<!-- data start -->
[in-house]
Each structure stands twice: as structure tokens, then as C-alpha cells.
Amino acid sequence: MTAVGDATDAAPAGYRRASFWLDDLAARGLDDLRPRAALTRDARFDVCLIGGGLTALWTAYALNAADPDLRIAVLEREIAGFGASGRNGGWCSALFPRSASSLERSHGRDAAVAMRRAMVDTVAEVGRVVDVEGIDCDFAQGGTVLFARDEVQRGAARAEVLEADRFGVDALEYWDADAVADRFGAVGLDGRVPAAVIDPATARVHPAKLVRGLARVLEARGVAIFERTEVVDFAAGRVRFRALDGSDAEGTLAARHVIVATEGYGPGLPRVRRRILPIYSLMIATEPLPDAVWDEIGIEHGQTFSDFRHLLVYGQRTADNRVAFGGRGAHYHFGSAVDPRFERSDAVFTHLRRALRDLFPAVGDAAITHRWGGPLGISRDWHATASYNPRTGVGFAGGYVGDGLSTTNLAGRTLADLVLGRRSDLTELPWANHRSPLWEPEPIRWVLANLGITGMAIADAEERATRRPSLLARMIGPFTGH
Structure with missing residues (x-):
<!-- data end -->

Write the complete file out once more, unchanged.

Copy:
[in-house]
Each structure stands twice: as structure tokens, then as C-alpha cells.
Amino acid sequence: MTAVGDATDAAPAGYRRASFWLDDLAARGLDDLRPRAALTRDARFDVCLIGGGLTALWTAYALNAADPDLRIAVLEREIAGFGASGRNGGWCSALFPRSASSLERSHGRDAAVAMRRAMVDTVAEVGRVVDVEGIDCDFAQGGTVLFARDEVQRGAARAEVLEADRFGVDALEYWDADAVADRFGAVGLDGRVPAAVIDPATARVHPAKLVRGLARVLEARGVAIFERTEVVDFAAGRVRFRALDGSDAEGTLAARHVIVATEGYGPGLPRVRRRILPIYSLMIATEPLPDAVWDEIGIEHGQTFSDFRHLLVYGQRTADNRVAFGGRGAHYHFGSAVDPRFERSDAVFTHLRRALRDLFPAVGDAAITHRWGGPLGISRDWHATASYNPRTGVGFAGGYVGDGLSTTNLAGRTLADLVLGRRSDLTELPWANHRSPLWEPEPIRWVLANLGITGMAIADAEERATRRPSLLARMIGPFTGH
Structure with missing residues (x-):